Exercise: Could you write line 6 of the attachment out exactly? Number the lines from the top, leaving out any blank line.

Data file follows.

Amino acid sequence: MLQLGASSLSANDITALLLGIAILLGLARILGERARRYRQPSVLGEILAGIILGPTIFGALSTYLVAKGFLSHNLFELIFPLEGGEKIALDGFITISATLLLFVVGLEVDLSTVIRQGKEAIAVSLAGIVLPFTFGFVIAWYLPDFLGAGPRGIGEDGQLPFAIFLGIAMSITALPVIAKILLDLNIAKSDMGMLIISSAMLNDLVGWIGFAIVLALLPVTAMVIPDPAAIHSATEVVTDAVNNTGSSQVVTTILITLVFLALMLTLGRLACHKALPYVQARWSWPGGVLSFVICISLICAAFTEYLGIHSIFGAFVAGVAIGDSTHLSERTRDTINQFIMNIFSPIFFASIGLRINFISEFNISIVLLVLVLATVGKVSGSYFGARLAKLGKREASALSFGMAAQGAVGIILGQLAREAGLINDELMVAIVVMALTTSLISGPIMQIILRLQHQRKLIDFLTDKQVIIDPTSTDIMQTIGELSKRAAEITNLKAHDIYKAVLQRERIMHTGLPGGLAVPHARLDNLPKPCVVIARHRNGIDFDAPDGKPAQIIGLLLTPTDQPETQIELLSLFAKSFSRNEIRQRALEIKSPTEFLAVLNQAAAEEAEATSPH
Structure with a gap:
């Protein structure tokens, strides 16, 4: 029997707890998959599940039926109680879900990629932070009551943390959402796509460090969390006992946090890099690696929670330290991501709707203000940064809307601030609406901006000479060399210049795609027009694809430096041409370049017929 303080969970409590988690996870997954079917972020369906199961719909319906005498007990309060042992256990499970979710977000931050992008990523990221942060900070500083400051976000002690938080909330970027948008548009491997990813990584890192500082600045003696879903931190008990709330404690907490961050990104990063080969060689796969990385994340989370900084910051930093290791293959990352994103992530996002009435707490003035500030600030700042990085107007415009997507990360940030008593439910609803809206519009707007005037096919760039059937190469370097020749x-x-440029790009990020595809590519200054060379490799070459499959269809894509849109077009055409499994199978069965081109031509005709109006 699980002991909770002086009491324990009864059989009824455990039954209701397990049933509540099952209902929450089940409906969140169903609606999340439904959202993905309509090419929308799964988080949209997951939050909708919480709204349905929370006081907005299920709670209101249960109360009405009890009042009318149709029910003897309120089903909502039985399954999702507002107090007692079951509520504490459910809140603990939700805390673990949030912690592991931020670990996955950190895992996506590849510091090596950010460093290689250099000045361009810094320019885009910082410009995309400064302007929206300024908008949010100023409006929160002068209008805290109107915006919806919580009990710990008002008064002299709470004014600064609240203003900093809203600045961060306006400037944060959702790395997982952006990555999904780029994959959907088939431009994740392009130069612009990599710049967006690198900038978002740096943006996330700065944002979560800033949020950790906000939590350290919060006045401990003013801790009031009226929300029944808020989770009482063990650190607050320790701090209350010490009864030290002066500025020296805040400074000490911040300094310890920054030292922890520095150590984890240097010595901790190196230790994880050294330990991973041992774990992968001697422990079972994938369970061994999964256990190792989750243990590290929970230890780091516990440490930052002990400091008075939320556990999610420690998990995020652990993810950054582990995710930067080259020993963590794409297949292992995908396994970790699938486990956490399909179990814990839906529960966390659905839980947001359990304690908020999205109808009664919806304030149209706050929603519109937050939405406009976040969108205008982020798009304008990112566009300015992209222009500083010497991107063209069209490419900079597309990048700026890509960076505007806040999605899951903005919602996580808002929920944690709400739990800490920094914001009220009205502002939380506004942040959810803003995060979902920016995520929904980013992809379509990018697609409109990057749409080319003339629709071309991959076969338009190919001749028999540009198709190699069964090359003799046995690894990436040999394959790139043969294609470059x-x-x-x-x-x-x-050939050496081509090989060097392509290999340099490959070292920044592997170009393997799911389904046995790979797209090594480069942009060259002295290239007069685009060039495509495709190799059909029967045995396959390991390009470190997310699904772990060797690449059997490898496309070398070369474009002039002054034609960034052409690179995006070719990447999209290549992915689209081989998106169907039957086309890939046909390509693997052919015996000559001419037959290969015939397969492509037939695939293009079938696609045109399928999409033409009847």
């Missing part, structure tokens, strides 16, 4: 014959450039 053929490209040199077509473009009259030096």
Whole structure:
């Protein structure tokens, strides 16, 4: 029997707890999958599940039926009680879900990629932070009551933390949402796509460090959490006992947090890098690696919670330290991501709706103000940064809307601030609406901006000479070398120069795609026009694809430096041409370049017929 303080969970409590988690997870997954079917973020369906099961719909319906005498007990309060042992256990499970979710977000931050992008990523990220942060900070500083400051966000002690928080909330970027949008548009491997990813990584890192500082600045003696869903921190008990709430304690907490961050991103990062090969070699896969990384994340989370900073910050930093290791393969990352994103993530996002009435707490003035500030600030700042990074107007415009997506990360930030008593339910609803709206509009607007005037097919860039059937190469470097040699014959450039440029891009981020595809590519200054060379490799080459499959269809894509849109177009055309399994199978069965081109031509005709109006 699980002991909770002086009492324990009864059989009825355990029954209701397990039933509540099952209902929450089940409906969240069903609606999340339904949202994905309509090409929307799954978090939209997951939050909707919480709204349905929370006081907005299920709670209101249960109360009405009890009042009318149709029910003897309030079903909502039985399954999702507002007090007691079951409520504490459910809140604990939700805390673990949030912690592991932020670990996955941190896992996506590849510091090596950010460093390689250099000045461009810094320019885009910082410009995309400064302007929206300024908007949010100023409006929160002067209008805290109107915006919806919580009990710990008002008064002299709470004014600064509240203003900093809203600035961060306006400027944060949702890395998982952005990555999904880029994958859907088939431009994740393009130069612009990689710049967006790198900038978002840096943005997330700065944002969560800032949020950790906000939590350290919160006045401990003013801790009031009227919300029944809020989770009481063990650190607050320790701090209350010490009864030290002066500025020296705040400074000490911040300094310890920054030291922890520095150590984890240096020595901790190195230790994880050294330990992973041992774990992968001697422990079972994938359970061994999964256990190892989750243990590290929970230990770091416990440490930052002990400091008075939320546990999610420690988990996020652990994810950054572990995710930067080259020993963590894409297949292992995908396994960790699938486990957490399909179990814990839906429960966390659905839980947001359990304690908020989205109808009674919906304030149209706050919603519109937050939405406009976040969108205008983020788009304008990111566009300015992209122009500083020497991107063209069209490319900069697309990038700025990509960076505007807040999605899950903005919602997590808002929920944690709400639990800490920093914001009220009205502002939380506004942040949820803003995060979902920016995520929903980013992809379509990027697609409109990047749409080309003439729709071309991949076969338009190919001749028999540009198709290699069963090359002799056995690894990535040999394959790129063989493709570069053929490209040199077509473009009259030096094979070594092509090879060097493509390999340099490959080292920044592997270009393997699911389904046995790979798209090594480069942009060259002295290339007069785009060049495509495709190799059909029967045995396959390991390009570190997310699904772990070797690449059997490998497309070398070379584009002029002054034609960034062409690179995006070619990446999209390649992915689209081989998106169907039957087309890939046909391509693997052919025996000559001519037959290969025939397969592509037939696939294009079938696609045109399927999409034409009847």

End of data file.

């Protein structure tokens, strides 16, 4: 029997707890999958599940039926009680879900990629932070009551933390949402796509460090959490006992947090890098690696919670330290991501709706103000940064809307601030609406901006000479070398120069795609026009694809430096041409370049017929 303080969970409590988690997870997954079917973020369906099961719909319906005498007990309060042992256990499970979710977000931050992008990523990220942060900070500083400051966000002690928080909330970027949008548009491997990813990584890192500082600045003696869903921190008990709430304690907490961050991103990062090969070699896969990384994340989370900073910050930093290791393969990352994103993530996002009435707490003035500030600030700042990074107007415009997506990360930030008593339910609803709206509009607007005037097919860039059937190469470097040699014959450039440029891009981020595809590519200054060379490799080459499959269809894509849109177009055309399994199978069965081109031509005709109006 699980002991909770002086009492324990009864059989009825355990029954209701397990039933509540099952209902929450089940409906969240069903609606999340339904949202994905309509090409929307799954978090939209997951939050909707919480709204349905929370006081907005299920709670209101249960109360009405009890009042009318149709029910003897309030079903909502039985399954999702507002007090007691079951409520504490459910809140604990939700805390673990949030912690592991932020670990996955941190896992996506590849510091090596950010460093390689250099000045461009810094320019885009910082410009995309400064302007929206300024908007949010100023409006929160002067209008805290109107915006919806919580009990710990008002008064002299709470004014600064509240203003900093809203600035961060306006400027944060949702890395998982952005990555999904880029994958859907088939431009994740393009130069612009990689710049967006790198900038978002840096943005997330700065944002969560800032949020950790906000939590350290919160006045401990003013801790009031009227919300029944809020989770009481063990650190607050320790701090209350010490009864030290002066500025020296705040400074000490911040300094310890920054030291922890520095150590984890240096020595901790190195230790994880050294330990992973041992774990992968001697422990079972994938359970061994999964256990190892989750243990590290929970230990770091416990440490930052002990400091008075939320546990999610420690988990996020652990994810950054572990995710930067080259020993963590894409297949292992995908396994960790699938486990957490399909179990814990839906429960966390659905839980947001359990304690908020989205109808009674919906304030149209706050919603519109937050939405406009976040969108205008983020788009304008990111566009300015992209122009500083020497991107063209069209490319900069697309990038700025990509960076505007807040999605899950903005919602997590808002929920944690709400639990800490920093914001009220009205502002939380506004942040949820803003995060979902920016995520929903980013992809379509990027697609409109990047749409080309003439729709071309991949076969338009190919001749028999540009198709290699069963090359002799056995690894990535040999394959790129063989493709570069053929490209040199077509473009009259030096094979070594092509090879060097493509390999340099490959080292920044592997270009393997699911389904046995790979798209090594480069942009060259002295290339007069785009060049495509495709190799059909029967045995396959390991390009570190997310699904772990070797690449059997490998497309070398070379584009002029002054034609960034062409690179995006070619990446999209390649992915689209081989998106169907039957087309890939046909391509693997052919025996000559001519037959290969025939397969592509037939696939294009079938696609045109399927999409034409009847």